We all know that the pandemic has had a major impact on employment patterns: not just more people working from home, but fewer people returning to their pre-Covid jobs. This has revealed what journalist Charlie Warzel calls career skeptics. His original piece can be found here, where he says folks don’t reject how they navigate their careers, but a complete rejection of having a career. That post received a sharply divided reaction from his readers: one group agreed with his point of view, but another felt the skeptics were a bunch of entitled complainers with a poor work ethic.
I have had essentially four careers. The first began when I was still in college and with a full-time job in my senior year as a professional photographer for the City of Albany, NY. It only lasted a year and only paid $5000 but it was the prototypical “foot in the door” in a very competitive profession. How competitive? After the job ended, I came to New York City with my portfolio in hand to try to get a job with a photographer. It was depressing: most of the people I tried to talk to wouldn’t even give me the time of day. Some just laughed at me: “What New York City (with emphasis on the last word) experience do you have?”
One of the photographers who actually let me in his door was W. Eugene Smith, the celebrated magazine photojournalist who was a few years away from his death. When I saw him he was in poor health, after being poisoned by covering the Minamata Mercury pollution story. He was very kind, although also very critical about my work. But just being able to spend a few moments with him made me realize that I had a long way to go, and that photography wasn’t in the cards in terms of my own career.
That “decisive moment” (to quote from another photographer) with Smith is what I guess many people are going through right now with their own career decisions. Maybe they don’t have a famous person giving them advice. Maybe they are seeing what their contemporaries are doing and want to find something else. My point is that you don’t necessarily have to stop at one career, if you understand your motivations and why you aren’t happy with your current job.
My other three careers were more successful: as a policy analyst in Washington DC and then various roles in IT and finally as you probably know me as a tech journalist. Early into that second career – in fact, at the end of my first job and about to take a second job offer – I remember a conversation with my dad, who ended up working for the same employer for decades as an accountant. I had just finished two years with the first firm, and he cautioned me that the change in jobs was too quick and wouldn’t look good for any future employer. It seems so quaint now, where a two-year tenure is almost too long in some quarters. My point here is that times change, and how our careers evolve need to be considered in the context of the times.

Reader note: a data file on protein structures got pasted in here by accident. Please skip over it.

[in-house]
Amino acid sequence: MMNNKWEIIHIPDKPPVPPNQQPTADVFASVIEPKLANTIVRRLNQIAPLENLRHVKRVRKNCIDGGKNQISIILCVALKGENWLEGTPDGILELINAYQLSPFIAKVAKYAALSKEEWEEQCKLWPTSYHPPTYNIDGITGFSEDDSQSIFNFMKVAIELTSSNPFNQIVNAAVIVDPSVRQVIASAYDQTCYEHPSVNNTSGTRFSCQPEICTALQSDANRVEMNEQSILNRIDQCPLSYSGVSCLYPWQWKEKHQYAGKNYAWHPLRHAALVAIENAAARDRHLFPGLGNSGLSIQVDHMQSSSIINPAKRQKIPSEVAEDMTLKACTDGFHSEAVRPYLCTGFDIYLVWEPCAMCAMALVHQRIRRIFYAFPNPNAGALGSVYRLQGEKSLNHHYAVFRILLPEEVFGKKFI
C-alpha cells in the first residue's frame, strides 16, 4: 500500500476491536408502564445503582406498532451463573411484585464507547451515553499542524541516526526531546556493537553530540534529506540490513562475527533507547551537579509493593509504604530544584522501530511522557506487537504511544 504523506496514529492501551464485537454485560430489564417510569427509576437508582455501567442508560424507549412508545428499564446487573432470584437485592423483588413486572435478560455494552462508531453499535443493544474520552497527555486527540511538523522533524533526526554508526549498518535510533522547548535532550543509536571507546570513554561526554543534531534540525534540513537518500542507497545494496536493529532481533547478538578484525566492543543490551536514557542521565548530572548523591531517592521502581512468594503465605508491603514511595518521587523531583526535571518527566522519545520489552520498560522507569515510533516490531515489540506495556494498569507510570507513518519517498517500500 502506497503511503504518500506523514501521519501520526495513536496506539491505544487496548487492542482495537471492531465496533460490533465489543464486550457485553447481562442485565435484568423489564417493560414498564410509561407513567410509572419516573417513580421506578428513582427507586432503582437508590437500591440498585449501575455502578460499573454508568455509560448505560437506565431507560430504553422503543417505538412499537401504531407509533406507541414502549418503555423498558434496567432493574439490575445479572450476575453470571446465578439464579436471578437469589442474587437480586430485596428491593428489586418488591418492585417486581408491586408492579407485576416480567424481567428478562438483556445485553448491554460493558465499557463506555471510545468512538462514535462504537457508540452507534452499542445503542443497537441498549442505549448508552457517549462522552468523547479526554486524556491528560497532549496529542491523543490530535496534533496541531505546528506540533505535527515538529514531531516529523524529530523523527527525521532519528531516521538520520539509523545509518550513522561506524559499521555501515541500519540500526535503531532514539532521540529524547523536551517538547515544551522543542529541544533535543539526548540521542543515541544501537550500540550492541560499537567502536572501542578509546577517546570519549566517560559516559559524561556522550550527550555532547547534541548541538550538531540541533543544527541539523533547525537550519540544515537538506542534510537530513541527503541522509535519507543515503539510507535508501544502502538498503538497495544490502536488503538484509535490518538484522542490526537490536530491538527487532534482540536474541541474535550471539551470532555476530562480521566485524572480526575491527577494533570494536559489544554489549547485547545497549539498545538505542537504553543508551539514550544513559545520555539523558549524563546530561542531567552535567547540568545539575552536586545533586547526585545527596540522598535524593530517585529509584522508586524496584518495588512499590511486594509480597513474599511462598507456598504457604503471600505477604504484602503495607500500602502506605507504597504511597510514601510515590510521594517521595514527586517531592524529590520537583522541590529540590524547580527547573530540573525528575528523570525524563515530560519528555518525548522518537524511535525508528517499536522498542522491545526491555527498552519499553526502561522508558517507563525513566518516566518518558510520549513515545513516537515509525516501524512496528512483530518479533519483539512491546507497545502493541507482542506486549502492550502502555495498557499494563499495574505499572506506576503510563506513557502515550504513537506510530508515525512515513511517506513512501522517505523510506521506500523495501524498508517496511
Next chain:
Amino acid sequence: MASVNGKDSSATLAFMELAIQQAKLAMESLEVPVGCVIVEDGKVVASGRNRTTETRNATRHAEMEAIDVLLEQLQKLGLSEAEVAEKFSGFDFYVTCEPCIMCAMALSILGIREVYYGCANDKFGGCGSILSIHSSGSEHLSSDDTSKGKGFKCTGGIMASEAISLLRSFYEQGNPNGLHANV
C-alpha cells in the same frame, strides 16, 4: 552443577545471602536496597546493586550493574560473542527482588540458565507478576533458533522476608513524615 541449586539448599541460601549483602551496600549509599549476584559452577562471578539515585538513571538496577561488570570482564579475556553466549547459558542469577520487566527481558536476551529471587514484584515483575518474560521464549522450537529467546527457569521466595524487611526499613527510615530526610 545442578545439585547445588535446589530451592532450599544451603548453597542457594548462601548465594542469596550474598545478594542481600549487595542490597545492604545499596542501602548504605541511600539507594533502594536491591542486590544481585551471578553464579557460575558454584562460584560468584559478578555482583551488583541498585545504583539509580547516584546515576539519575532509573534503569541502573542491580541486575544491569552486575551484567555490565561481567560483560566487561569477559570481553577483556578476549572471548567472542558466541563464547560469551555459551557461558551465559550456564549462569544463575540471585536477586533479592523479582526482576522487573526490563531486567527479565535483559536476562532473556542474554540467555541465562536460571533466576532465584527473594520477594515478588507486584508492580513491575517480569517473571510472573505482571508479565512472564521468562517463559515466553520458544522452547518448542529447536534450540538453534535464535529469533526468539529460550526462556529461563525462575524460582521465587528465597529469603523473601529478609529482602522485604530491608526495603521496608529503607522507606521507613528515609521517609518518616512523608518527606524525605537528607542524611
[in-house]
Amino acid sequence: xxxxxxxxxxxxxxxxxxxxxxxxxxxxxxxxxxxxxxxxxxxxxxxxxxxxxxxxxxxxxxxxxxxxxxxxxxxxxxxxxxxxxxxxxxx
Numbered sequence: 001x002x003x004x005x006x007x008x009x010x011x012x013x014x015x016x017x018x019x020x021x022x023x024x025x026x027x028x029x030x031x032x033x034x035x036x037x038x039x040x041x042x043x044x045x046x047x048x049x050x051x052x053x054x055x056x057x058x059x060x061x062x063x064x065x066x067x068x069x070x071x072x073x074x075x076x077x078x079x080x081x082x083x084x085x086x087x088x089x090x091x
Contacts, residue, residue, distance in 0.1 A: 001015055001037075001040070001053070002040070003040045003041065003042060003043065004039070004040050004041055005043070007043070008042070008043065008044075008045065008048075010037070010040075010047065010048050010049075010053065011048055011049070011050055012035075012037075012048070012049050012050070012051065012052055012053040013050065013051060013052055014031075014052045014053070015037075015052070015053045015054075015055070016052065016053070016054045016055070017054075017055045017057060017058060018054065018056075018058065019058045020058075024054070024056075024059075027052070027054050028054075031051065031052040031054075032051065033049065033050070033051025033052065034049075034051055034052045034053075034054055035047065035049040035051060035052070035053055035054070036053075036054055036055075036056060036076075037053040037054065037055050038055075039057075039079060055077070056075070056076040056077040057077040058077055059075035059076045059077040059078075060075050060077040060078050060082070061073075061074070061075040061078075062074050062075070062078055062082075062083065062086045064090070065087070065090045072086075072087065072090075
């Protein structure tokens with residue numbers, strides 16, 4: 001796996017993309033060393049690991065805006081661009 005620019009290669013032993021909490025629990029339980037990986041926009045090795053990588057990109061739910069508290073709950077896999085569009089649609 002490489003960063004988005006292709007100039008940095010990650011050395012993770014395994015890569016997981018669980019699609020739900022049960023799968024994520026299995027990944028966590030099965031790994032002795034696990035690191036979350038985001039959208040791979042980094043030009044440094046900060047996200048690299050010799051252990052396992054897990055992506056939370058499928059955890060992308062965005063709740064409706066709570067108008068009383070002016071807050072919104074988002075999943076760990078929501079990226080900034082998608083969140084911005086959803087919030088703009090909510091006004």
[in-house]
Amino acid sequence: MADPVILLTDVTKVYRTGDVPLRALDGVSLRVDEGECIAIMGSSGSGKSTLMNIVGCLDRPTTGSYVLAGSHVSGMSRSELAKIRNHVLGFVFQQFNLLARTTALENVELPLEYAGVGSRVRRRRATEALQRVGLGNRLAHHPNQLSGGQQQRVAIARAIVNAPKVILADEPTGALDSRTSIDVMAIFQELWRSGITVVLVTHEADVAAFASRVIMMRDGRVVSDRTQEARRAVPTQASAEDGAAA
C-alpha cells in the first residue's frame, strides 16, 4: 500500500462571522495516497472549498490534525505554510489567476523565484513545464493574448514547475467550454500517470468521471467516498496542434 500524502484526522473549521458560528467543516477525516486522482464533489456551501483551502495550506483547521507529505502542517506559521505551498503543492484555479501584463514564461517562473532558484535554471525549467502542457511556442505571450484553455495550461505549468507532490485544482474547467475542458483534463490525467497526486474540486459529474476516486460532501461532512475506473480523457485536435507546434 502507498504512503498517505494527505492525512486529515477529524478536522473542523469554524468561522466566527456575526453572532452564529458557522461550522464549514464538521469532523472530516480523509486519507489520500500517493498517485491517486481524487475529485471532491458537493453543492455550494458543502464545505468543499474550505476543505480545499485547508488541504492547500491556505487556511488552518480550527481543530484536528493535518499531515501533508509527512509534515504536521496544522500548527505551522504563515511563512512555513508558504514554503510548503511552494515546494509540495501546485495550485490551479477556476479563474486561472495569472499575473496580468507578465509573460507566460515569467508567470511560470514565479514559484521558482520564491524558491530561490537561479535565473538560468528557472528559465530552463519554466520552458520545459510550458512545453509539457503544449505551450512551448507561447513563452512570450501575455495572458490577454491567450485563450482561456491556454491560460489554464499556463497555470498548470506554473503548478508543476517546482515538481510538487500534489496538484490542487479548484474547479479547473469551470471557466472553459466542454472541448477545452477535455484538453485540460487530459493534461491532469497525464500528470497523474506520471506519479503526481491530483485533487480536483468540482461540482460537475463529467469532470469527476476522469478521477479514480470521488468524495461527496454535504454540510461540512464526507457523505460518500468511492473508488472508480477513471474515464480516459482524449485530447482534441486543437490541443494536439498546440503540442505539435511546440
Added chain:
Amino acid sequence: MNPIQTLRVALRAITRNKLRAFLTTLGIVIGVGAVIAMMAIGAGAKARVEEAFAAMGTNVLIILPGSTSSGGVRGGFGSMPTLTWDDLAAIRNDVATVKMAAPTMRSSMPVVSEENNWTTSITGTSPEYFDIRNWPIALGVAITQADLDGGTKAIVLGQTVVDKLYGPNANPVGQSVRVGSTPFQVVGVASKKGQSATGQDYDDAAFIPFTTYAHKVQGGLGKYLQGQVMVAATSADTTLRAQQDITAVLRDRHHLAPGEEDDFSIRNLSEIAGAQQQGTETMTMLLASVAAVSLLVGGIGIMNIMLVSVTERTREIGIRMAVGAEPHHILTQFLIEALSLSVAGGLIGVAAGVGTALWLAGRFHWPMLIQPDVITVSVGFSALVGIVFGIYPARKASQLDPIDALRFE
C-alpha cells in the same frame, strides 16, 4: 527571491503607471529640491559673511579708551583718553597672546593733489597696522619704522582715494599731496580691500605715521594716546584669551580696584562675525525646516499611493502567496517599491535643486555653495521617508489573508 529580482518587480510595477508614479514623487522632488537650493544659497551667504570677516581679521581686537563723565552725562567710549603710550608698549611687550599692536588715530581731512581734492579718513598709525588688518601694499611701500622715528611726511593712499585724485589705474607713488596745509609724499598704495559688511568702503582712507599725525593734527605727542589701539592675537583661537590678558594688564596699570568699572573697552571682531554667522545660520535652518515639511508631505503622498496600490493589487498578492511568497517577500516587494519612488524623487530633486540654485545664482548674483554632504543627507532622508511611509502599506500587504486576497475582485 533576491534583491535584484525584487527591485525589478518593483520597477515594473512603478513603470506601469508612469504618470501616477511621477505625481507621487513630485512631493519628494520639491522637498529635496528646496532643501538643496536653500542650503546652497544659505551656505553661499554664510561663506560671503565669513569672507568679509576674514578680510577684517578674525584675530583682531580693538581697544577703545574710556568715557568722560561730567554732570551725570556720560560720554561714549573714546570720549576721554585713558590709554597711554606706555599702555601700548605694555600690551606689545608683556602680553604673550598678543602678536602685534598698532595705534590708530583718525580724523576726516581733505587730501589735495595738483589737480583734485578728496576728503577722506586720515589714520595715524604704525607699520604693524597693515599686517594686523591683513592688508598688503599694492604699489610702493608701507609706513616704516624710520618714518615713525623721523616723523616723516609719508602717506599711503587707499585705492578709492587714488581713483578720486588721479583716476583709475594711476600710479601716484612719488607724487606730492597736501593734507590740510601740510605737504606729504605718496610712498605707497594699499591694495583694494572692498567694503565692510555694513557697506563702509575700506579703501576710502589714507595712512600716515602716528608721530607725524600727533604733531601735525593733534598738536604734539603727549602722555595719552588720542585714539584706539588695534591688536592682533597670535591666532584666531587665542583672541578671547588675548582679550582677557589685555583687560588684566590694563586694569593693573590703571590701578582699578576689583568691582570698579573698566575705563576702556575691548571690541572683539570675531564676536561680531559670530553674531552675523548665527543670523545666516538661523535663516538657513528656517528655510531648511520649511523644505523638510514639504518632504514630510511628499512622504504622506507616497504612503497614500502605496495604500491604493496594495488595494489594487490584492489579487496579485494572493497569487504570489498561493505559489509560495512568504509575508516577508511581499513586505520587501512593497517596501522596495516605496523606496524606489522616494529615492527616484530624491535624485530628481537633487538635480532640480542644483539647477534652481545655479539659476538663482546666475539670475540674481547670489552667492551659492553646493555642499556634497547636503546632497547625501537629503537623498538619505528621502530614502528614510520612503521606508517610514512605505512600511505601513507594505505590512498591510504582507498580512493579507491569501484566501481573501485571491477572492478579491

Warzel posits that our culture should perhaps aspire to better relations between employers and employees: the old saw that a company owes you nothing more than a paycheck and a safe working environment aren’t enough in today’s world where career development, intellectual stimulation, and doing something good for the world should motivate people to come to work, or at least come to their laptops in their spare bedrooms.
But that brings up another issue that is bugging me, and that is how we monitor our newly remote work forces. Employers are using increasingly intrusive monitoring software to track what their remote workers are doing, according to this piece in the Washington Post. This software category has exploded: It used to be just time and keystroke tracking, but now these tools can take screen captures, record video and ambient audio as well as track browser URLs and track geolocation. These tools include products such as Hubstaff, DeskTime, VeriClock and ActivTrack, and their use is growing quickly. PC Magazine even has a review of the category here. They say that “solutions that have been traditionally focused on tracking employee activity, logging suspicious behavior, and sniffing out possible insider threats are now pivoting to not only track productivity, but also monitor health and wellness, and even improve engagement.”
That frankly scares me. If we want to develop better employee/employer engagement, we have to start out trusting each other. Using more heavy-handed monitoring is a step backwards and could be yet another reason why employees aren’t returning to their pre-pandemic jobs — even if they don’t have to suffer long commutes to get to the office.
Back in the late 1980s, when I was a manager at PC Week, I supervised about a dozen people. Almost all of them were working remotely from our main office in downtown Boston. It was easy enough to measure their productivity: if the writer wrote his or her assigned stories, that was good enough for me. One of them was Bob who started out with a bang and then eventually tapered off to writing very few stories, and I had to fire him (the first person that I ever fired, by the way). Now, maybe your own productivity can’t be so quickly quantified, but I tried to give Bob the benefit of the doubt but after a month of no output and numerous requests to change his behavior I didn’t have much choice. That firing was a decisive moment for Bob, who went on for a second career as a pastor and talk show radio host.